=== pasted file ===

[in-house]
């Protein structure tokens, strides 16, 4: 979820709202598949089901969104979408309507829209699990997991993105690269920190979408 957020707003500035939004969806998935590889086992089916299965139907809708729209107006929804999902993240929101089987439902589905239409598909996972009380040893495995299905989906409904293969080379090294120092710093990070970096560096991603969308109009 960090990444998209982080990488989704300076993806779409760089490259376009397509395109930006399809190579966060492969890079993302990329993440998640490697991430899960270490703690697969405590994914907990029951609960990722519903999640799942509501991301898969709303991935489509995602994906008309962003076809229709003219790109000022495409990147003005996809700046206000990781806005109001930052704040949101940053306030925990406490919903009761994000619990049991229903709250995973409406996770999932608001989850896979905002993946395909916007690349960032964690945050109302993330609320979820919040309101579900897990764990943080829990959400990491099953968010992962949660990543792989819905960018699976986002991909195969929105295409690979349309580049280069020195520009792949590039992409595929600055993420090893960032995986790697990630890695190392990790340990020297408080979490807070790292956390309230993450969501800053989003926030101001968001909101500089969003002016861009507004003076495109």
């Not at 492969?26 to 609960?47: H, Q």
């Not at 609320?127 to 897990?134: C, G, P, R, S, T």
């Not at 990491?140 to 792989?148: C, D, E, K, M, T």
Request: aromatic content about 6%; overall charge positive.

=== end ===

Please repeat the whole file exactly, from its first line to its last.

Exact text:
[in-house]
């Protein structure tokens, strides 16, 4: 979820709202598949089901969104979408309507829209699990997991993105690269920190979408 957020707003500035939004969806998935590889086992089916299965139907809708729209107006929804999902993240929101089987439902589905239409598909996972009380040893495995299905989906409904293969080379090294120092710093990070970096560096991603969308109009 960090990444998209982080990488989704300076993806779409760089490259376009397509395109930006399809190579966060492969890079993302990329993440998640490697991430899960270490703690697969405590994914907990029951609960990722519903999640799942509501991301898969709303991935489509995602994906008309962003076809229709003219790109000022495409990147003005996809700046206000990781806005109001930052704040949101940053306030925990406490919903009761994000619990049991229903709250995973409406996770999932608001989850896979905002993946395909916007690349960032964690945050109302993330609320979820919040309101579900897990764990943080829990959400990491099953968010992962949660990543792989819905960018699976986002991909195969929105295409690979349309580049280069020195520009792949590039992409595929600055993420090893960032995986790697990630890695190392990790340990020297408080979490807070790292956390309230993450969501800053989003926030101001968001909101500089969003002016861009507004003076495109």
């Not at 492969?26 to 609960?47: H, Q």
């Not at 609320?127 to 897990?134: C, G, P, R, S, T």
């Not at 990491?140 to 792989?148: C, D, E, K, M, T």
Request: aromatic content about 6%; overall charge positive.